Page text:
Traumatic brain injury and cognitive decline are both issues that have come into the public eye and gained new attention in recent years.
TBI is a big problem right now within professional sports, but many other individuals suffer from non-sports related brain injuries. Degenerative neural conditions such as dementia and Alzheimer’s have increased dramatically, and along with these physiological issues, there have been increases in psychological issues, with a rise in anxiety, PTSD, depression, and addiction.
Healing the Brain
Dr. Dan Engle suffered from multiple severe concussions himself as an athlete in his younger years, and his last, most significant injury happened almost twenty years ago. At that time, there wasn’t much talk in the space about neurologic recovery from concussion, but his experience motivated him to get into the lab to spend twenty years and a quarter of a million dollars researching.
That research came together into various protocols he used with professional athletes, and this essentially became the book, The Concussion Repair Manual: A Practical Guide to Recovering from Traumatic Brain Injuries.
He wanted to write the book as a user’s guide. It’s both written from the perspective of the lay person, so you can understand the material, as well as the clinician, and it has somewhere around six hundred different resources and studies verifying the data for each of the modalities that have been put into the book.
Dr. Dan and his associates have been proving more and more of this model at his recovery center in Denver called Revive, where people come for two week deep dives to have an immersive experience with diagnostics and therapeutics to see how much they can improve in the given time, and then continue to improve when they return home.
However, not everyone has the option to experience the benefits of this research in the clinical setting. The manual is centered around the available protocols that people can put into practical use at home.
The first portion of the book is based in what he calls Primal or Primary Therapies or Technologies. These are like the basic building blocks of life. Flotation is one of these therapies. According to Dr. Engle, floatation therapy is one of the best things for people to do immediately after concussion. Water and floatation therapy is a great accelerator for restoring and recovering the entire neurologic system.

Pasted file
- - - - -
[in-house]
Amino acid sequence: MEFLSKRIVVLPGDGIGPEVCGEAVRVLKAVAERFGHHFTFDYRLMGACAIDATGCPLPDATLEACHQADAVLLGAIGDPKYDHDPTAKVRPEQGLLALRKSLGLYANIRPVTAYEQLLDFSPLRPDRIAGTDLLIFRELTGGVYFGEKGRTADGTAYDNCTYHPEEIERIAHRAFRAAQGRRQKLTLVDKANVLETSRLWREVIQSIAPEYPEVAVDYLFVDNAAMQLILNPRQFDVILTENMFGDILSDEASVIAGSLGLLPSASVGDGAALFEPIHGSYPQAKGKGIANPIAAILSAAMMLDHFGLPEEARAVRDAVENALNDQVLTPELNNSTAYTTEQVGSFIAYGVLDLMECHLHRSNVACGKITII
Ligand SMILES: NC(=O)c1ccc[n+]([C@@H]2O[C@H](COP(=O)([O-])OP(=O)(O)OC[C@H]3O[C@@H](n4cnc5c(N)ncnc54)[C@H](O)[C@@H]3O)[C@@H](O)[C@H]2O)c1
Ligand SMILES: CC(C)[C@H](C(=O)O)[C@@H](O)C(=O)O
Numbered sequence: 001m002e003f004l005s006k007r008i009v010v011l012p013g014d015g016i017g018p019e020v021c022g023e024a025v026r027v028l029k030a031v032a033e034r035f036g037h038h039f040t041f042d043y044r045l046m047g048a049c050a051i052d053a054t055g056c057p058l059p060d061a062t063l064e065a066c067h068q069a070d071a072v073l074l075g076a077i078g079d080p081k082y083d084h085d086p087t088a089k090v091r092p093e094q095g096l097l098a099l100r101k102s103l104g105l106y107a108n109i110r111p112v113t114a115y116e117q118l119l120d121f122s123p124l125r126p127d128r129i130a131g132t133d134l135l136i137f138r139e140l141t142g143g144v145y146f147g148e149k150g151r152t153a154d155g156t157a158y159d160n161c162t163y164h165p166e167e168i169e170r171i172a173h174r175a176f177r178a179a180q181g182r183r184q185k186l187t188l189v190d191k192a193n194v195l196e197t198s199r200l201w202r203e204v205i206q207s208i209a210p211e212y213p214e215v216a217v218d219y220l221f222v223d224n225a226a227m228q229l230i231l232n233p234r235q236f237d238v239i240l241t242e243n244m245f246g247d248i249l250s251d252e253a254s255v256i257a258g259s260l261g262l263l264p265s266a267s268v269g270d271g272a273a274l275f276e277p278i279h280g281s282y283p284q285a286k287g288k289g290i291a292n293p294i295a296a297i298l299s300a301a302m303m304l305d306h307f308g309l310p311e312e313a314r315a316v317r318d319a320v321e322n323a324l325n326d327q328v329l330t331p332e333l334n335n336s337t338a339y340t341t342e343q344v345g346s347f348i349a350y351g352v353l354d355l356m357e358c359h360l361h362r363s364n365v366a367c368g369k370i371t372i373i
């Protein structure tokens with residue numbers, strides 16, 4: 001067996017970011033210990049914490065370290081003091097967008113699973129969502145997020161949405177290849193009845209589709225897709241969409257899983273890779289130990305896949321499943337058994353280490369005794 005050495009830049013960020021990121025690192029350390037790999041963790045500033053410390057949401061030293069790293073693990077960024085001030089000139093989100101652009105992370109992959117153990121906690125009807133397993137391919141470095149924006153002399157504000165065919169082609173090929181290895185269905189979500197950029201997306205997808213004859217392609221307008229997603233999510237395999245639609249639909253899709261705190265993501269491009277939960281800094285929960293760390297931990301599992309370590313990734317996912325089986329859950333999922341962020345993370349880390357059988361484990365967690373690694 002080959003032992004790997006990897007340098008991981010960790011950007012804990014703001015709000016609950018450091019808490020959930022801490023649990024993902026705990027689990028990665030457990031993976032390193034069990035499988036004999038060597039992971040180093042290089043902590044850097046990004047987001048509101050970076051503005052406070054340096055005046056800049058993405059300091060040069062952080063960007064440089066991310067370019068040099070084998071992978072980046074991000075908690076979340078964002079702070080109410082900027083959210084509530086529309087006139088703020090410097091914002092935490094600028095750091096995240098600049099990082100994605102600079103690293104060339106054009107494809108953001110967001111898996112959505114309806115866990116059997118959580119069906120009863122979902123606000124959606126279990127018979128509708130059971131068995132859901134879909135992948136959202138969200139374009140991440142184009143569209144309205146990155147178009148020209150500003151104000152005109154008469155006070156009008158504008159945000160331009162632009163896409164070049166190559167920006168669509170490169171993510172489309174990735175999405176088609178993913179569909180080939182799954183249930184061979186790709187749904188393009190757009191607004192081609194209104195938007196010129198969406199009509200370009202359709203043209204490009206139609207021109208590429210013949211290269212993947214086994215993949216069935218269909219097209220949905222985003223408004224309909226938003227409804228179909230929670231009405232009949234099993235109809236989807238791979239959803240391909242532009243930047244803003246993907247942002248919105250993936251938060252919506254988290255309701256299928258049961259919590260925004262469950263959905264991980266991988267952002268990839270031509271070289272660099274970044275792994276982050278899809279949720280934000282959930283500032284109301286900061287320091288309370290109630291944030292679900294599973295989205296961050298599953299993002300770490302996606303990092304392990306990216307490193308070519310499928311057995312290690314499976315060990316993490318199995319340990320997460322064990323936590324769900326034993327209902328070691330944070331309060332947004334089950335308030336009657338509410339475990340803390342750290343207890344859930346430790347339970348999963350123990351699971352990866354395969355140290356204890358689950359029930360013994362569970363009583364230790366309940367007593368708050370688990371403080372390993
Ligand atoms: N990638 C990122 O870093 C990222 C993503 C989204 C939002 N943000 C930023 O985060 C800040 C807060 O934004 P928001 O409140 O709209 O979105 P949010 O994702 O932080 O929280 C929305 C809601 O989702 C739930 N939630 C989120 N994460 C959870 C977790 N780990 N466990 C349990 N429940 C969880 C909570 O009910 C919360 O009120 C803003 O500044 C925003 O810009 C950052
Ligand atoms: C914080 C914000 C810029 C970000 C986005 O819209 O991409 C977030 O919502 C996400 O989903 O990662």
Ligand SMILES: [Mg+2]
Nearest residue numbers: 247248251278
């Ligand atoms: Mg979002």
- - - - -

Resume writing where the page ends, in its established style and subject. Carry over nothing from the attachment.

Other therapies include things like diet, light therapy, low-level laser therapy, frequency therapies, oxygen therapy, and many more. All of these technologies have well-researched data to back them up in support of their use in brain recovery, and the opportunity Dr. Dan sees right now is to put all of these available technologies into one umbrella system, codify the protocol, track the data, and scale it out, so that more people can benefit from them--not just those suffering from TBI, but anyone in need of neurologic recovery and restoration.
While the Revive center in Denver focuses on neurological recovery, Dr. Dan and his team are opening up another facility in Austin, Texas to focus on psychological recovery, his other area of interest and expertise.
According to Dr. Dan, we’re seeing a massive shift now in healthcare. Western medicine has dominated the space over the last hundred years, but in the last ten to fifteen years there has been more of a movement towards functional medicine, integrative medicine, or holistic medicine, which he sees as a positive shift, because this way of operating looks at a larger aspect of the self--not just quandranting different body systems into little, separate compartments.
What does it look like to address the whole person on all levels--body, mind, heart, and soul--and what does it look like to bring in the contemporary process that we’re all going through in this transformational culture?